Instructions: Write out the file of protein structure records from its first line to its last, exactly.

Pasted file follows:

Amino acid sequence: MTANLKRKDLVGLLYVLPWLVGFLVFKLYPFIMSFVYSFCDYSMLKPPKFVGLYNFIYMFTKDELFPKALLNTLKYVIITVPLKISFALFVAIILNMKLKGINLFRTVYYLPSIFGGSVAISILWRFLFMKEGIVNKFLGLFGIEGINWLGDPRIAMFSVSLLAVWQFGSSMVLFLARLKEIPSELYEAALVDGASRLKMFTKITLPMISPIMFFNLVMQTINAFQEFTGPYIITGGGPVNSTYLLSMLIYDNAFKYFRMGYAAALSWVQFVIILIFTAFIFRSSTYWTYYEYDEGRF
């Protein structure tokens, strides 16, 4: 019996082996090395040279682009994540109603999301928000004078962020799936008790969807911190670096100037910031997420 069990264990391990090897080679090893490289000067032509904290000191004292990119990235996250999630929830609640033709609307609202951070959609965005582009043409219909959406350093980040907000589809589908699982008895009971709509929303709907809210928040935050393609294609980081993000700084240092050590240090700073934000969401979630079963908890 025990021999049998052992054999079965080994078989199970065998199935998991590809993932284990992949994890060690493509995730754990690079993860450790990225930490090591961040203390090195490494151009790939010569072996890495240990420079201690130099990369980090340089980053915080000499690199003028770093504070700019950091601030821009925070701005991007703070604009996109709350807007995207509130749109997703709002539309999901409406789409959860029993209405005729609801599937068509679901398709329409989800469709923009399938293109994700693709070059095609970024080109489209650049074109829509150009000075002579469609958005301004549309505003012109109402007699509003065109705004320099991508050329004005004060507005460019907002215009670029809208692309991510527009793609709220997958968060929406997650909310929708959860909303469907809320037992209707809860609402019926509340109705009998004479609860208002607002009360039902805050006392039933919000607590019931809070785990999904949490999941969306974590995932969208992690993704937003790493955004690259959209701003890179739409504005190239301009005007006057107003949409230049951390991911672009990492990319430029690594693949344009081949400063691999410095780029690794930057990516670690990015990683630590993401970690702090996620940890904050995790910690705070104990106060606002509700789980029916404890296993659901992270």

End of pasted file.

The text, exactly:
Amino acid sequence: MTANLKRKDLVGLLYVLPWLVGFLVFKLYPFIMSFVYSFCDYSMLKPPKFVGLYNFIYMFTKDELFPKALLNTLKYVIITVPLKISFALFVAIILNMKLKGINLFRTVYYLPSIFGGSVAISILWRFLFMKEGIVNKFLGLFGIEGINWLGDPRIAMFSVSLLAVWQFGSSMVLFLARLKEIPSELYEAALVDGASRLKMFTKITLPMISPIMFFNLVMQTINAFQEFTGPYIITGGGPVNSTYLLSMLIYDNAFKYFRMGYAAALSWVQFVIILIFTAFIFRSSTYWTYYEYDEGRF
């Protein structure tokens, strides 16, 4: 019996082996090395040279682009994540109603999301928000004078962020799936008790969807911190670096100037910031997420 069990264990391990090897080679090893490289000067032509904290000191004292990119990235996250999630929830609640033709609307609202951070959609965005582009043409219909959406350093980040907000589809589908699982008895009971709509929303709907809210928040935050393609294609980081993000700084240092050590240090700073934000969401979630079963908890 025990021999049998052992054999079965080994078989199970065998199935998991590809993932284990992949994890060690493509995730754990690079993860450790990225930490090591961040203390090195490494151009790939010569072996890495240990420079201690130099990369980090340089980053915080000499690199003028770093504070700019950091601030821009925070701005991007703070604009996109709350807007995207509130749109997703709002539309999901409406789409959860029993209405005729609801599937068509679901398709329409989800469709923009399938293109994700693709070059095609970024080109489209650049074109829509150009000075002579469609958005301004549309505003012109109402007699509003065109705004320099991508050329004005004060507005460019907002215009670029809208692309991510527009793609709220997958968060929406997650909310929708959860909303469907809320037992209707809860609402019926509340109705009998004479609860208002607002009360039902805050006392039933919000607590019931809070785990999904949490999941969306974590995932969208992690993704937003790493955004690259959209701003890179739409504005190239301009005007006057107003949409230049951390991911672009990492990319430029690594693949344009081949400063691999410095780029690794930057990516670690990015990683630590993401970690702090996620940890904050995790910690705070104990106060606002509700789980029916404890296993659901992270």